Wednesday, January 2, 2013

Radical Buddhist Reflections: Issues of Feminism

In the interview with Dolma Sherpa, there was a strong sense of feminism woven throughout our conversation.  In many of the stories she told me, the challenges she is facing, including the journey of experiencing and expressing her anger, are heavily influenced by her gender.  While most of what she said was too intrinsically linked with other ideas to isolate them as only feminist issues, she did make some wonderful points that I felt really needed to be seen.  In this first part, we are talking about the prevalence of White American Buddhists in Western Buddhist magazines and other media.  The complete absence of Asian Americans from these ranks is an issue with Asian American Buddhists and one that Dolma has come to see as huge flaw in the way that Buddhism is portrayed and practiced in the West.

I know one of the editors over at the Huffington Post and I like their religious section, but their Buddhist section is horrible.  They only have White American Buddhists writing for them.  They don't seek out Asian American or Asian Buddhists.  This article listed the top ten Buddhist women you need to know.  Other than the Buddha's Step-Mother, who I have never heard any Buddhist mention ever, it was all White American Buddhist women.  It was most disheartening.  I felt like they were denying our existence completely.  I can almost forgive not having an Asian women, but not even Asian American Buddhist Women?  I understand that they wouldn't have any of the famous nuns in Nepal, but only one Asian woman?  It's not that I think that something is owed to the Asian community, but to leave out Asian women like that was really wrong.  

In addition to her concerns about the invisibility of Asian Women in Buddhism, she shared her thoughts about the efforts by feminist westerns to "fix" the sexism of Buddhism for Asian Women.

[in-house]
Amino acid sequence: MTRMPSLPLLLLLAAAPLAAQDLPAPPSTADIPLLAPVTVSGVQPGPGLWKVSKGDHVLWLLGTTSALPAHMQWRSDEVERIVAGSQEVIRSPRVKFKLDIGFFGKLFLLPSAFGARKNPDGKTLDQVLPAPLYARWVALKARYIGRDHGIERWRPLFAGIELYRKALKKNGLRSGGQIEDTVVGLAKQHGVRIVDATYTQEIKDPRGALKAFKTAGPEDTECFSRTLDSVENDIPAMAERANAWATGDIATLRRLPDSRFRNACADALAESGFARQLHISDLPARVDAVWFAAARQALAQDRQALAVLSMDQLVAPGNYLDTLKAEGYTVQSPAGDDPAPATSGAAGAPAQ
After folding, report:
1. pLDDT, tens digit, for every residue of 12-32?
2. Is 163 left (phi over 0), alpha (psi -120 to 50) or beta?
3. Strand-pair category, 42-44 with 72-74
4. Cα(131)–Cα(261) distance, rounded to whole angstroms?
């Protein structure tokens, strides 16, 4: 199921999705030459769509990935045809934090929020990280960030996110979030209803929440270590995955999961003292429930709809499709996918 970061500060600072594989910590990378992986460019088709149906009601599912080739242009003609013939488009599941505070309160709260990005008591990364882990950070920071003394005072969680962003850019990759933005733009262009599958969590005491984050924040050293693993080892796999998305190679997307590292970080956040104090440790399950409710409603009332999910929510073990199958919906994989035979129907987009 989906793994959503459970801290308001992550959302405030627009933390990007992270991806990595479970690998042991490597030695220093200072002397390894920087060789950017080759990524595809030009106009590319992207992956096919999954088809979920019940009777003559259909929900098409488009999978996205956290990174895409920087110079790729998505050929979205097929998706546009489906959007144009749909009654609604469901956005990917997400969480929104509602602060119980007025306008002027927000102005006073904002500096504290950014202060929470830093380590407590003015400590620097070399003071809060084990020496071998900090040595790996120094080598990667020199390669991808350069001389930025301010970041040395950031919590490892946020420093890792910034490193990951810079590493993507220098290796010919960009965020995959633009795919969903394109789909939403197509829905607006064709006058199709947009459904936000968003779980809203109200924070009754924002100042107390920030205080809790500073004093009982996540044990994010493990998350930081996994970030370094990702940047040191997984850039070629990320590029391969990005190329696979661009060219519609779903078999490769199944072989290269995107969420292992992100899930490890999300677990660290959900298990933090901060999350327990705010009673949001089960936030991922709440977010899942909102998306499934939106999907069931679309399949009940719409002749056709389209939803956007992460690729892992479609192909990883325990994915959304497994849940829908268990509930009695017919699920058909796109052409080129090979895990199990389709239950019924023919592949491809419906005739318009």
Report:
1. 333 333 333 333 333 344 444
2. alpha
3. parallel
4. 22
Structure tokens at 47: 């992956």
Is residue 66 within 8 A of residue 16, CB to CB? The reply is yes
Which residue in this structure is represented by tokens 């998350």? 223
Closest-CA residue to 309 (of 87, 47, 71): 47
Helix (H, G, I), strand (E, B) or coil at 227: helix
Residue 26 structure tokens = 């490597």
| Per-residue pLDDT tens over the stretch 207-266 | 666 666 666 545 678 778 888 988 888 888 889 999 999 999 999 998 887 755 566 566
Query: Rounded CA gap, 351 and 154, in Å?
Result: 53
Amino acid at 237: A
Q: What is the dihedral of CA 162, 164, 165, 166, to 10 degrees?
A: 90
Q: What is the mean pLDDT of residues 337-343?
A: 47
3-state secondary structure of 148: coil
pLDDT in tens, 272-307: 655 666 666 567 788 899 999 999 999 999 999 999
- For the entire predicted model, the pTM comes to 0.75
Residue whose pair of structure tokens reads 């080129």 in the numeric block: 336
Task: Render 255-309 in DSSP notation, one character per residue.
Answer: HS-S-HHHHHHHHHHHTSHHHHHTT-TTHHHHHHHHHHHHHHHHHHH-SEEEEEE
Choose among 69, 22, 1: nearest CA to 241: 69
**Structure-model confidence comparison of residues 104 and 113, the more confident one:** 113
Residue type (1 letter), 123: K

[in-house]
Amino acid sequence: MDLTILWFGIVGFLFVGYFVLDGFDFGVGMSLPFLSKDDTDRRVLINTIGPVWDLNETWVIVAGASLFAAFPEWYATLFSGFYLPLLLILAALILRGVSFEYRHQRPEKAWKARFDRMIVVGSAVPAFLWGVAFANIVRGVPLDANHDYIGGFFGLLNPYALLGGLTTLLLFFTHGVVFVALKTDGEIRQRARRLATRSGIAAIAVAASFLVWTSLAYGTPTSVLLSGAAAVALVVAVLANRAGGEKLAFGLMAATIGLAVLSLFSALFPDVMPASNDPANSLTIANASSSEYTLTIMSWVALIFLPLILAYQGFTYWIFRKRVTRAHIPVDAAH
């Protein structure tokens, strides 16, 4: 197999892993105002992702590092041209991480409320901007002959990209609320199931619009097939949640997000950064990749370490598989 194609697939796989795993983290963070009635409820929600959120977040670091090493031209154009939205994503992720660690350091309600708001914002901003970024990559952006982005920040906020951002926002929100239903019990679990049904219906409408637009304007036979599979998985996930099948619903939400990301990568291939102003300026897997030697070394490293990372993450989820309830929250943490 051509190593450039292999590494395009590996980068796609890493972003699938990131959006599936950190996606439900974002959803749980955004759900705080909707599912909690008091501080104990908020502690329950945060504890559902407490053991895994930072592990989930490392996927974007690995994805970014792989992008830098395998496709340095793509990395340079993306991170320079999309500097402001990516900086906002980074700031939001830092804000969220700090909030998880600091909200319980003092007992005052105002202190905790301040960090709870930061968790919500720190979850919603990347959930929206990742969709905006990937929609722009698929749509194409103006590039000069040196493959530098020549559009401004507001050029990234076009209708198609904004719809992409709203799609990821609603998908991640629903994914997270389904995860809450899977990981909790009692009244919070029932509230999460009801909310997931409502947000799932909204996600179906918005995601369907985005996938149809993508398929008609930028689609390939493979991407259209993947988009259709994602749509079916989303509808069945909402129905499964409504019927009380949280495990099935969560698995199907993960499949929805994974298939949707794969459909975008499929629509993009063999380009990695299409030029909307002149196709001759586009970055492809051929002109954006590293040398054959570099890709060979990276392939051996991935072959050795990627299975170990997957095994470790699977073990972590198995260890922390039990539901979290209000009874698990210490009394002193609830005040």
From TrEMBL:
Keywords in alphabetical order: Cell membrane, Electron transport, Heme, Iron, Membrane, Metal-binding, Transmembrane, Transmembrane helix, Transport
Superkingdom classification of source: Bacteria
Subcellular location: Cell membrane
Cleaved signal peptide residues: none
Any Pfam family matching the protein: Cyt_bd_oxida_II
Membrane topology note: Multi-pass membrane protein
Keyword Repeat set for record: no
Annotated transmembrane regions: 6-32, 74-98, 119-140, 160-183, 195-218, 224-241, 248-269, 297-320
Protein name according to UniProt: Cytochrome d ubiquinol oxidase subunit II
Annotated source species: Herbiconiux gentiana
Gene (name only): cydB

There was a roshi from the San Francisco Zen Center who I heard talking all about how they are the leaders in feminism and that they are the branch of Buddhist that really admires women and fights for women's rights.  I'm sure there are more woman roshis here than there are in Japan, but it's that whole idea that we are poor little oppressed Asian women who can't speak for ourselves are aren't really even Buddhists.  When in history has that ever really been true?  When have women ever just put up with oppression?  People always get around it.  That's why nunneries have always been such places of power for women.  Your choices are either marry a man or become an awesome nun with all of these amazing women and have this power to create great social change.  It's a simple choice.  This kind of western feminism comes across as, "You are so oppressed and so little.  We are the ones who fixed Buddhism.  We are the improvement on Buddhism."  That's the part that is so painful.  The orientalizing of Asian Buddhism insists that we are the backward kind of Buddhism.  We are the ones stuck in our old patriarchal ways.  But what does getting a female roshi actually do?  How does that benefit women?  Of course it's great to put women in leadership roles, but how can you think that you are fighting for any kind of gender equality if you are willing to put women of color down as if we don't know what we are doing?  The implication is that we're not leaders in our religion.  When I look at the temples back home, who do you think is actually running the show?  It might not be feminine leadership in your terms or your way, but it's still valid.  Yet again, Western Buddhists are telling me what my Buddhism is.  My Muslim sisters can really understand this with me.  My friend wrote this great article that got in the New York Time about how her hijab is her feminism.  It basically said, "Me controlling what you can and cannot see is a huge feminist act and it has nothing to do with you and it's really none of your business.  It is about my spirituality and my religion."  I feel the very same way about my Buddhism.  You didn't fix us.  We don't need to be fixed.  If there is something that needs fixing, we can do it by ourselves.  You do not hold the final and loudest word on what Buddhism should be.